Monday, 7 April 2014

Overview: Star Trek Deep Space Nine
The most epic space-station on TV. From Wikia
Written 8/12/13.

A lot of Star Trek's development comes back to "Gene Roddenberry's vision" - the utopian, futuristic society that he lay down with the original series. The Next Generation, created by Roddenberry shortly before his death, was an attempt to both bring the franchise back and capture that vision more successfully. In 1993, as The Next Generation entered its sixth and penultimate season, a second spin-off appeared - Star Trek: Deep Space Nine, which took the previous two series' focus on space exploration and instead focussed on the politics surrounding a single, eponymous space-station. The result is a show which not only divides the fandom, but contains some of Trek's best and worst moments. Mainly best, but that's a matter of opinion.
     Initially focussing on the resettlement of a Cardassian space station by the Bajorans they opressed and the Federation who helped free it, we discover in the pilot that the planet Bajor is adjacent to a stable Wormhole which leads to the Gamma Quadrant, the other side of the galaxy. (But a different other side than Voyager's other side of the galaxy.) Over the course of the series they develop themes on religion, with Bajor worshipping the near-omnipotent aliens that live inside the wormhole, as well as in later seasons focussing on political battles with a powerful Gamma-Quadrant empire known simply as The Dominion. There are also a dozen or so mini-arcs running throughout the series, from a war with the Klingons to the near-collapse of the Ferengi economy.
     The first two seasons of DS9 aren't the best in the world - the show was still picking up on how to effectively write a show that stayed in one place, and similarly to Red Dwarf, they later introduced a spaceship, The Defiant, in order to keep things varied. While a lot of the episodes in the early seasons end up being a little formulaic, the character development that they provide mixes together well and acts as a fairly stable backdrop to what happens as soon as we hit Season Four onwards, in which nearly every other episode is an important, arc-changing reflection on the present political situation. The plot of DS9 is one of the most engrossing of any of the Trek series, and that's simply because the continuity is so well done and the characters so worth investing in.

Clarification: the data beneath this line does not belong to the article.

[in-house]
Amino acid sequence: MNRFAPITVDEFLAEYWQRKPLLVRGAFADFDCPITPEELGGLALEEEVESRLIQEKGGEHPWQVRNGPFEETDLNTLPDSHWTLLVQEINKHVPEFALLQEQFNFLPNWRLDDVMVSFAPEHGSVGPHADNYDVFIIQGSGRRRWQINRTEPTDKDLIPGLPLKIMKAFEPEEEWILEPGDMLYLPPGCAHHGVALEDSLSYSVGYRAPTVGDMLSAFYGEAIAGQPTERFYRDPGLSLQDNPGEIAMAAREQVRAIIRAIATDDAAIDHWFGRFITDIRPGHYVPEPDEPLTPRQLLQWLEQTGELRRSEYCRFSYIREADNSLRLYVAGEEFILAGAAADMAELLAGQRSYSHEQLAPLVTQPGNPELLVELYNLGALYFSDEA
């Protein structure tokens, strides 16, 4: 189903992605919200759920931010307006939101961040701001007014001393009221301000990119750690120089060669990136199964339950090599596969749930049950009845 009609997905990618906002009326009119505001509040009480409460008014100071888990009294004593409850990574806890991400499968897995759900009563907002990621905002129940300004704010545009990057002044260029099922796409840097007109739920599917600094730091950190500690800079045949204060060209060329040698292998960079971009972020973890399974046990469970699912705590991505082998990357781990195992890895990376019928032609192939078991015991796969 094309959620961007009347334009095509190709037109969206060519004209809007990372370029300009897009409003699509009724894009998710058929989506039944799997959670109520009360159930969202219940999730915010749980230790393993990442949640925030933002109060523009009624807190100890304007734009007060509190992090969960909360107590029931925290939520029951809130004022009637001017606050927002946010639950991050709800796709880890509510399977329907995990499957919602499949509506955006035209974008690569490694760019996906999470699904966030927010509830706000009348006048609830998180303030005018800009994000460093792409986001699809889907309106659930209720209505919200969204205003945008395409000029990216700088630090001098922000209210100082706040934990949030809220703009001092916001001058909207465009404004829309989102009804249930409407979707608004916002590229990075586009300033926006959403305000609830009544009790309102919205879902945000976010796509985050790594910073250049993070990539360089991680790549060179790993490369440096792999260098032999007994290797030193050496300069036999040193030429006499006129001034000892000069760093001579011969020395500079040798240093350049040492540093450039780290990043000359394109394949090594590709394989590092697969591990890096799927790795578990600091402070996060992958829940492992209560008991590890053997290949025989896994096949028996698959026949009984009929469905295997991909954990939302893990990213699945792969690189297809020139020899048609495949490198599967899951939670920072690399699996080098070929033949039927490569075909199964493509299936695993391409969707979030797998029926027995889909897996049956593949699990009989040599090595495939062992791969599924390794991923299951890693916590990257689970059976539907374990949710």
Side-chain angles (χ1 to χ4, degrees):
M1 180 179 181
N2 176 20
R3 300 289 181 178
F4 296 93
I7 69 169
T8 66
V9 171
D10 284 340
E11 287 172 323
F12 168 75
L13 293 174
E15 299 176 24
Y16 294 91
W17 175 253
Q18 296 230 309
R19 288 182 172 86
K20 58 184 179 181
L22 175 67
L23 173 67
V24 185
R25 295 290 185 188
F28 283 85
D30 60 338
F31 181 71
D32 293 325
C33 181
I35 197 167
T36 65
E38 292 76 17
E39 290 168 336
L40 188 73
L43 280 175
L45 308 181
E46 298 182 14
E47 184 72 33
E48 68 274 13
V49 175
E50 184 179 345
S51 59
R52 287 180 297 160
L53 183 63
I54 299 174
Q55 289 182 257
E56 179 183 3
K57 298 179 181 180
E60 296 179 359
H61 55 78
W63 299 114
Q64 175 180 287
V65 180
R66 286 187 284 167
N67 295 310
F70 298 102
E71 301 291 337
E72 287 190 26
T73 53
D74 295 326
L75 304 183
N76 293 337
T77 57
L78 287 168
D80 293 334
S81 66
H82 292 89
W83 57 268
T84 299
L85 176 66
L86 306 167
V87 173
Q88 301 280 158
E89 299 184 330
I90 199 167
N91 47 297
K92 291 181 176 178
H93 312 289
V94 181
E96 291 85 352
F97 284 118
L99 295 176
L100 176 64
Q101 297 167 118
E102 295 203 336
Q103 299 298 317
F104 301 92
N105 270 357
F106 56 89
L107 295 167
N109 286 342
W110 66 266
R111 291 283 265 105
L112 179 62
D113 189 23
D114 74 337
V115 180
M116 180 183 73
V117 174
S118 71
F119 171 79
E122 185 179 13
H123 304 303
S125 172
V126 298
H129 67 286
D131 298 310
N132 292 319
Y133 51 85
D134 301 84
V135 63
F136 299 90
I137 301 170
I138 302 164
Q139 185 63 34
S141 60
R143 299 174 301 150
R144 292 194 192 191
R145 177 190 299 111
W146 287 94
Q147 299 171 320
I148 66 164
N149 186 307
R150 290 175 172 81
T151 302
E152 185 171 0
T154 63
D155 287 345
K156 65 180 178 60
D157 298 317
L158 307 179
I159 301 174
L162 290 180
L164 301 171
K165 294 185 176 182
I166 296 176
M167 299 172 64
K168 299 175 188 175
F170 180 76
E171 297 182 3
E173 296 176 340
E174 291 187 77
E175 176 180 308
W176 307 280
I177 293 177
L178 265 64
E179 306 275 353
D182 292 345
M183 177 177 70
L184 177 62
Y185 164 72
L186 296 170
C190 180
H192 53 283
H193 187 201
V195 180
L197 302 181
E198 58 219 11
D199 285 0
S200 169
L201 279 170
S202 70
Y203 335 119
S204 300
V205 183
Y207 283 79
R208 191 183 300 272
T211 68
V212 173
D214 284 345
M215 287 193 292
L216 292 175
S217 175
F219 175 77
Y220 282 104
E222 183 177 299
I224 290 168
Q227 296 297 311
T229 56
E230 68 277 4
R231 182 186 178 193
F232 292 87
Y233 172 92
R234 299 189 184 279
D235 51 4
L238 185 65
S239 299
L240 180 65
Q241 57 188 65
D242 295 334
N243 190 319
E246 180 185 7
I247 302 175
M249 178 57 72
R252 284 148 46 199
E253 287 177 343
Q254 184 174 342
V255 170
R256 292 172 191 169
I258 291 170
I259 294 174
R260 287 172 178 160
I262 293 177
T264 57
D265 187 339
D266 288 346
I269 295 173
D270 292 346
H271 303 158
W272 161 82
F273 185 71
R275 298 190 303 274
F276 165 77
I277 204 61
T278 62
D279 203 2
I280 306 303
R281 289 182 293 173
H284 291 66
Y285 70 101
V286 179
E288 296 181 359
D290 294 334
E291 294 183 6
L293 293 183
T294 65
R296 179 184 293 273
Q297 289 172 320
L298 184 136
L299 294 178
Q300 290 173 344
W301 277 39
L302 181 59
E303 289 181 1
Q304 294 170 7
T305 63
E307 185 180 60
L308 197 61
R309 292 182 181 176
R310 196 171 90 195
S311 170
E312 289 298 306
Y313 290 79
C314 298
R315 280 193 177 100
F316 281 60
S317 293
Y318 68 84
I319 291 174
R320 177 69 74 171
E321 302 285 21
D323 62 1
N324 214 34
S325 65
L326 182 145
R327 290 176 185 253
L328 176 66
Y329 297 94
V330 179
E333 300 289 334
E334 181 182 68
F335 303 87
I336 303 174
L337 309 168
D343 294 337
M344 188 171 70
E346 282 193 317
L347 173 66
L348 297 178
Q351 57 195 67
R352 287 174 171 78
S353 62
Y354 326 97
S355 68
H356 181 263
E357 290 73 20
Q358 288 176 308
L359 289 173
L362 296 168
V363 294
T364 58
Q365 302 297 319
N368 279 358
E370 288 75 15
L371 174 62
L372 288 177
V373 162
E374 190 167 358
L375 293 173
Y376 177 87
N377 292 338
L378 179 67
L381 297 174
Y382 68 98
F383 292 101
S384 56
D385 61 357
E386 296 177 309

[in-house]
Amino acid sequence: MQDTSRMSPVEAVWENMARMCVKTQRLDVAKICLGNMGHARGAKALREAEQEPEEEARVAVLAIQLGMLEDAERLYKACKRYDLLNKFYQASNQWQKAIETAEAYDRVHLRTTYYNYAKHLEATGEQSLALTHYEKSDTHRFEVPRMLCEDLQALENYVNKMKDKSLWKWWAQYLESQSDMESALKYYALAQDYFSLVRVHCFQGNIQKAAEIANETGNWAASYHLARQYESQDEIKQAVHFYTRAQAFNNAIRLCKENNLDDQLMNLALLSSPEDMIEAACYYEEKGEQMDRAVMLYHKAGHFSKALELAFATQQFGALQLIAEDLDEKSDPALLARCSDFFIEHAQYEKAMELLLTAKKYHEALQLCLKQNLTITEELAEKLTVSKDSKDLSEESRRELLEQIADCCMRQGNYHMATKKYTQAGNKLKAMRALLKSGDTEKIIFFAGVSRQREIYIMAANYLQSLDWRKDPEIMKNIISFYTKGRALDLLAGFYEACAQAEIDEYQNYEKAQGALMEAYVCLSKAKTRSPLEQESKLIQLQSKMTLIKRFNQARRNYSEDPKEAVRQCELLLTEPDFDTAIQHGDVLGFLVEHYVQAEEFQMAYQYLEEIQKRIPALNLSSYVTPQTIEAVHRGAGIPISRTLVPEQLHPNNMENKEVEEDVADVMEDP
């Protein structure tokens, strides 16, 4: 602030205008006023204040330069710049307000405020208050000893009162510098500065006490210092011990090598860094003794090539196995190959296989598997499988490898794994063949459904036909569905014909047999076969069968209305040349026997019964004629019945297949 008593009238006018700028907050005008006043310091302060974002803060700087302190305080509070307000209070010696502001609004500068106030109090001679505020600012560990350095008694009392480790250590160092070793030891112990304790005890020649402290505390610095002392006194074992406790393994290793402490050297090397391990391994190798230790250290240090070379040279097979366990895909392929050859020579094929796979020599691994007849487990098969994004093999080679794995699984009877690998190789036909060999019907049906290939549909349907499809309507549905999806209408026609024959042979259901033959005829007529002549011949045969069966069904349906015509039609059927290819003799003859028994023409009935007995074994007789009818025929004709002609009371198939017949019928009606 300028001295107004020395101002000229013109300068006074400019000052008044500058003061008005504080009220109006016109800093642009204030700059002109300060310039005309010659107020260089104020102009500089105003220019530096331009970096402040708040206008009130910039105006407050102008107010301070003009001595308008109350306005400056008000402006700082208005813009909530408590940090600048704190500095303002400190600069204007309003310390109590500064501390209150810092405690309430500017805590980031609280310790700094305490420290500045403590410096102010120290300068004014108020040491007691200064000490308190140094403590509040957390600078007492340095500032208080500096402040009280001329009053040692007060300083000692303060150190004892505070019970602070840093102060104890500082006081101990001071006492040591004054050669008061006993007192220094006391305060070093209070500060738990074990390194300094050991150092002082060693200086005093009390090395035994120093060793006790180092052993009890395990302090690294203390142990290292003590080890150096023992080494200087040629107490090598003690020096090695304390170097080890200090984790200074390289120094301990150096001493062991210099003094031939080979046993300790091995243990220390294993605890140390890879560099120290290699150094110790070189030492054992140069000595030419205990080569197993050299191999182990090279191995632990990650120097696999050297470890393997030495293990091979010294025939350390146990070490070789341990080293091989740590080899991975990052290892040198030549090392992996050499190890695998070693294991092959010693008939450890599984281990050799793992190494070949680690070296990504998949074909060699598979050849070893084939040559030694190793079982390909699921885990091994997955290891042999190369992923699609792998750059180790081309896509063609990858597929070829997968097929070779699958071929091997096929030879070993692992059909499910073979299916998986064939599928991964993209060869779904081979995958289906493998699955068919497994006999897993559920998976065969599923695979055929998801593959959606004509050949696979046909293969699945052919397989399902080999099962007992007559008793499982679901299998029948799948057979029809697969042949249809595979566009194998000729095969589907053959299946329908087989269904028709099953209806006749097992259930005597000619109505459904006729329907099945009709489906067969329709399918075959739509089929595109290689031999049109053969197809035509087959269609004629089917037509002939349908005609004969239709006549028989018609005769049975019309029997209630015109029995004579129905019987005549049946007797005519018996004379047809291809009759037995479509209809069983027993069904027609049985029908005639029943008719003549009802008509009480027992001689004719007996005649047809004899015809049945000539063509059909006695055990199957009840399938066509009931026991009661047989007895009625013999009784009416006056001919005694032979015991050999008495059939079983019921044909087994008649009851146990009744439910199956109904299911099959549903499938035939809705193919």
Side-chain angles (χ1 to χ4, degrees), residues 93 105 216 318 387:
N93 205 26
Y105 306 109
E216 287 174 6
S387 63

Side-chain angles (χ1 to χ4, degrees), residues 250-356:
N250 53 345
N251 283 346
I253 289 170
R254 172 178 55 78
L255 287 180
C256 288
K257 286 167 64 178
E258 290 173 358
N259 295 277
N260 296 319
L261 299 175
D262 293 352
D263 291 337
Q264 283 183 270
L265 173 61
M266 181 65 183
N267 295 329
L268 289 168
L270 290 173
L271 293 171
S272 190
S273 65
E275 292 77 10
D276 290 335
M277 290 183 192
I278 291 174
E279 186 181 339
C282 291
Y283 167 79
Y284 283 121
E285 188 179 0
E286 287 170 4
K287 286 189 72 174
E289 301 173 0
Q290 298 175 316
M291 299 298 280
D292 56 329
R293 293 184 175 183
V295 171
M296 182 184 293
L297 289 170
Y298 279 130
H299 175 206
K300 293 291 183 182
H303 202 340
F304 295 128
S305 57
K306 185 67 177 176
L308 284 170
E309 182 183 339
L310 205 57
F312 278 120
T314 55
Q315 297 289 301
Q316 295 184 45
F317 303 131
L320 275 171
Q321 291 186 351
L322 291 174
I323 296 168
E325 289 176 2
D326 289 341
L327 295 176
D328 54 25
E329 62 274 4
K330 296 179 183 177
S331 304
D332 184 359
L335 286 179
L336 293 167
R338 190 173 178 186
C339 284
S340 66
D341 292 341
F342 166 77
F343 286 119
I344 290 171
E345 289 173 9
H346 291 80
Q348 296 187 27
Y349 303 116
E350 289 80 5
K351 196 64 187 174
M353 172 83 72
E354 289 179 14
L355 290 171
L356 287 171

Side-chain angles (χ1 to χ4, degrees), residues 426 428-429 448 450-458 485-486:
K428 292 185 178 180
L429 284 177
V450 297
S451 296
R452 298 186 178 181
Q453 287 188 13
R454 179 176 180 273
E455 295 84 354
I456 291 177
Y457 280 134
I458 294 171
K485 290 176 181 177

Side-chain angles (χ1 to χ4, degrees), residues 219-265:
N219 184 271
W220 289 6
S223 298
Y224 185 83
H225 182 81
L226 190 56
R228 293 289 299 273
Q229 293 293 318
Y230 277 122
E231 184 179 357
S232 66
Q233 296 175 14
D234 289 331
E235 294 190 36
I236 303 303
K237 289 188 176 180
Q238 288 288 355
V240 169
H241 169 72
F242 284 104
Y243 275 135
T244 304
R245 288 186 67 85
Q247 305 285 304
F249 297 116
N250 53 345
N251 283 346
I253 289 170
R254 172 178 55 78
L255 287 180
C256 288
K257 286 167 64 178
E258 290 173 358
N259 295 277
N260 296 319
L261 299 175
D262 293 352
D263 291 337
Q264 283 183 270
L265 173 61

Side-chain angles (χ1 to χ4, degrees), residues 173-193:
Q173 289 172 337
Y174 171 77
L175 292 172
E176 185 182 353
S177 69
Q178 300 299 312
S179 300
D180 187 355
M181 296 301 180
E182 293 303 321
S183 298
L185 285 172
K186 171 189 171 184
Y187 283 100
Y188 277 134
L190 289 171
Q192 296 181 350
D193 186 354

From diplomats to terrorists to gods to businessmen,
DS9 has it all. From jornadanasestrelas
     And what a varied cast of characters. While the show's pitch was built upon the idea of African-American single-dad Benjamin Sisko raising his son on the "Frontier", the rest of the show's cast (bar a few) all have very interesting quirks which ensures that they're all fairly interesting by themselves. This of course makes character-centric episodes very different and the show very variable - one episode you could be exploring the breeding caverns of Trill and discussing the merits of sentient symbionts, the next you could be on the ridiculously capitalist Ferenginar discussing the links that Capitalism has to systemic oppresssion. One thing DS9 almost never does with its moral quandries is make things easy - one of the best ever episodes, In The Pale Moonlight, is all about trying to get a powerful political power into a war, by any means necessary.
     Outside of its main arcs, it's also well-known for its badass Captain, Benjamin Sisko, and for exploring the Mirror Universe again for the first time since The Original Series. And, more importantly, Deep Space Nine took Next Gen's balanced view of Roddenberry's vision and looked it over with jade-tinted glasses. This was the Star Trek Universe behaving like the real world, with politics and warfare and death on a huge scale. And from its Old West roots through to its thick and delicious sci-fi explorations, Deep Space Nine is one of the most complex and brilliant shows in the Star Trek arsenal. And that needs to be remembered more.


1 comment:

  1. Strong words on what was a great series!